James Salter is often called a writer's writer. His novels – including his first, The Hunters (1957), and the erotic A Sport and a Pastime (1967) — are much admired but have won only modest audiences. Salter has written screenplays (Downhill Racer) memoirs and stories; All That Is, which comes out April 2nd, will be his first novel in 30 years (or 13 years if you count Cassada, which was a rewrite of an earlier book).
Originally published on Tue March 19, 2013 8:05 am
When Emily Rapp first discovers that her 9-month-old son, Ronan, has Tay-Sachs, an incurable and fatal disease that gradually robs a child of his nervous system, she wets herself; the floor and walls of the doctor's office seem to melt and liquefy; and she thinks, "weirdly," about her son's namesake, a boy she once knew whose name she would write in longhand "like a lovesick teenager." She recalls Emily Dickinson's poem in which a mind has been cleaved beyond repair, and calls out for her mother.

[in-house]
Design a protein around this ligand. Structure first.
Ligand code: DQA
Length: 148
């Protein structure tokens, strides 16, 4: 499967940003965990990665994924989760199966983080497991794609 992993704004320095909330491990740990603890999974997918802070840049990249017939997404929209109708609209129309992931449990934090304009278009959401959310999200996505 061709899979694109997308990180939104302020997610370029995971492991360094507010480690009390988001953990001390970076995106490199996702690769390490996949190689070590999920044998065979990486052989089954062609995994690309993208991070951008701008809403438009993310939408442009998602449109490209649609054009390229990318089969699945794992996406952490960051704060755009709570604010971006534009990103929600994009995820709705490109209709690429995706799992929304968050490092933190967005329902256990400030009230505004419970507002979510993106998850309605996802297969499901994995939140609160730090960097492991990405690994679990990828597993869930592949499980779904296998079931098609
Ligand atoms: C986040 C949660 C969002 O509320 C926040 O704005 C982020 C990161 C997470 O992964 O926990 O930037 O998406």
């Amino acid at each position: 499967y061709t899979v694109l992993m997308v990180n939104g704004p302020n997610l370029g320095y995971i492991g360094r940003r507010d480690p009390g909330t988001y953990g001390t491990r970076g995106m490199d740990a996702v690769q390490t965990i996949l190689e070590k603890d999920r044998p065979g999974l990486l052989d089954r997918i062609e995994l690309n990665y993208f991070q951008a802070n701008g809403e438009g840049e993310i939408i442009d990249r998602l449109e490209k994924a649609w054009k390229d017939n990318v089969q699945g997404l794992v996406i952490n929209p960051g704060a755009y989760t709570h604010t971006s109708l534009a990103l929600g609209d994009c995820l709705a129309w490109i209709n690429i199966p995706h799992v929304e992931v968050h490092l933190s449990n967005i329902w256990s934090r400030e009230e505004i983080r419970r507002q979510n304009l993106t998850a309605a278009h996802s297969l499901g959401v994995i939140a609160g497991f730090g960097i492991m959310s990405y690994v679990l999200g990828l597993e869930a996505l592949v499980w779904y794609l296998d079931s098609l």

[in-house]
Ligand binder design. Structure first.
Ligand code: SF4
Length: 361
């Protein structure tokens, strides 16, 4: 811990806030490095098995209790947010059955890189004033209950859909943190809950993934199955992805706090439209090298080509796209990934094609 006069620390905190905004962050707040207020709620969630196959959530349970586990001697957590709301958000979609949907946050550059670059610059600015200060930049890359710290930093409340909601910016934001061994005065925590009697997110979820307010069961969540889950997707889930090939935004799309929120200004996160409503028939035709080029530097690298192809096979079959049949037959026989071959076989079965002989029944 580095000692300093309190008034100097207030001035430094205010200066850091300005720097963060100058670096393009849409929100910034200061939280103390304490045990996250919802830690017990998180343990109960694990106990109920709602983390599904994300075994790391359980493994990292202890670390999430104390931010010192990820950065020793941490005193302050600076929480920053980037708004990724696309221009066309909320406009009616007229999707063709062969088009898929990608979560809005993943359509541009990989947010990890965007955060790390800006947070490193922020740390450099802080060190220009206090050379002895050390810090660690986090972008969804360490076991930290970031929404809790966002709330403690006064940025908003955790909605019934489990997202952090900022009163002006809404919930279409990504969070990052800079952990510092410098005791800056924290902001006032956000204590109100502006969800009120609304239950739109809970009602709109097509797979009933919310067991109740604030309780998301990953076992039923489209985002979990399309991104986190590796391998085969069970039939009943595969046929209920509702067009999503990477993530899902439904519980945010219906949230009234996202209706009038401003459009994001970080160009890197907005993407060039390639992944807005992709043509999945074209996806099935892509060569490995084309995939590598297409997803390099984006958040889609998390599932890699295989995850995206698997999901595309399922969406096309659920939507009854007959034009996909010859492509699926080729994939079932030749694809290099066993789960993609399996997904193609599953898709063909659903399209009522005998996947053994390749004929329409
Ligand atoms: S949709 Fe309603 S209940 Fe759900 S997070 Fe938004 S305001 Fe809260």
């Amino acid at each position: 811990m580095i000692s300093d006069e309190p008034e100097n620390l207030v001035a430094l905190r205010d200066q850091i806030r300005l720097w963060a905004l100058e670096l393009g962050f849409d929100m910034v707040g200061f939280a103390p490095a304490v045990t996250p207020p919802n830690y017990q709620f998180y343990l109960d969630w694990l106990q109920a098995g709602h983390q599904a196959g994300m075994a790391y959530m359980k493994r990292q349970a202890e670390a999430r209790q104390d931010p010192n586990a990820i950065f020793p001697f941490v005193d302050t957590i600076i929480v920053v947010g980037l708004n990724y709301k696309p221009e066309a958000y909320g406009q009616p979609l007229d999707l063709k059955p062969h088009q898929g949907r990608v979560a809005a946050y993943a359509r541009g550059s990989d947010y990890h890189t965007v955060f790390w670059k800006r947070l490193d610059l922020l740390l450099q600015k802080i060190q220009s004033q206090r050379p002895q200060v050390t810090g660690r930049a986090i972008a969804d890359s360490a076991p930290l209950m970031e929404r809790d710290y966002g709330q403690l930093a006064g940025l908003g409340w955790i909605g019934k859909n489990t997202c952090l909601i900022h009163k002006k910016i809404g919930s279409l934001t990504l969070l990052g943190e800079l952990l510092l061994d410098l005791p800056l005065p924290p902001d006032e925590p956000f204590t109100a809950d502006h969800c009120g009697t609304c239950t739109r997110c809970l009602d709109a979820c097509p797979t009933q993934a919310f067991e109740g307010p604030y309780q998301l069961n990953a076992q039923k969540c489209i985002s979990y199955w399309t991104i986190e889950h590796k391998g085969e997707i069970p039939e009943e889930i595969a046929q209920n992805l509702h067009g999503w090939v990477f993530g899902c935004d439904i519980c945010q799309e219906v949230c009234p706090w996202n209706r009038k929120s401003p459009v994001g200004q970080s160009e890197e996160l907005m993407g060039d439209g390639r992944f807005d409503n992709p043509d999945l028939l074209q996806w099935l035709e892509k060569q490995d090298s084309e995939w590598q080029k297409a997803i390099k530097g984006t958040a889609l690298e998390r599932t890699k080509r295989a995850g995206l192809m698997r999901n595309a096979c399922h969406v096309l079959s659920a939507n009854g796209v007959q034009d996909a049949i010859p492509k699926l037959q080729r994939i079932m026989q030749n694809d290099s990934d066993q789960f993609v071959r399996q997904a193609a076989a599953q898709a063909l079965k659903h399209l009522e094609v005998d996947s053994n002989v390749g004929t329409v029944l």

The next time you're sipping on a glass of something boozy, consider the plants behind your beverage. Some of them might spring immediately to mind: grapes in your wineglass, rye in your whiskey bottle, juniper in your gin and tonic. But what about sorghum and coriander? Cinchona and bitter orange?
President Franklin D. Roosevelt meets with the National Jewish Welfare Board — (left to right) Walter Rothschild, Chaplain Aryeh Lev, Barnett Brickner and Louis Kraft — at the White House on Nov. 8, 1943.
Credit George R. Skadding / AP
Richard Breitman (left) and Allan Lichtman are distinguished professors of history at American University in Washington, D.C.
The subject of President Franklin D. Roosevelt's relationship with the Jewish community is complicated, multidimensional and contentious. On the one hand, the former New York governor won Jewish votes by landslide margins and led the Allies to victory in World War II, defeating Nazi Germany. Some of his closest advisers and strongest supporters were Jews, including Felix Frankfurter, whom he named to the Supreme Court, speechwriter Samuel Rosenman and Treasury Secretary Henry Morgenthau.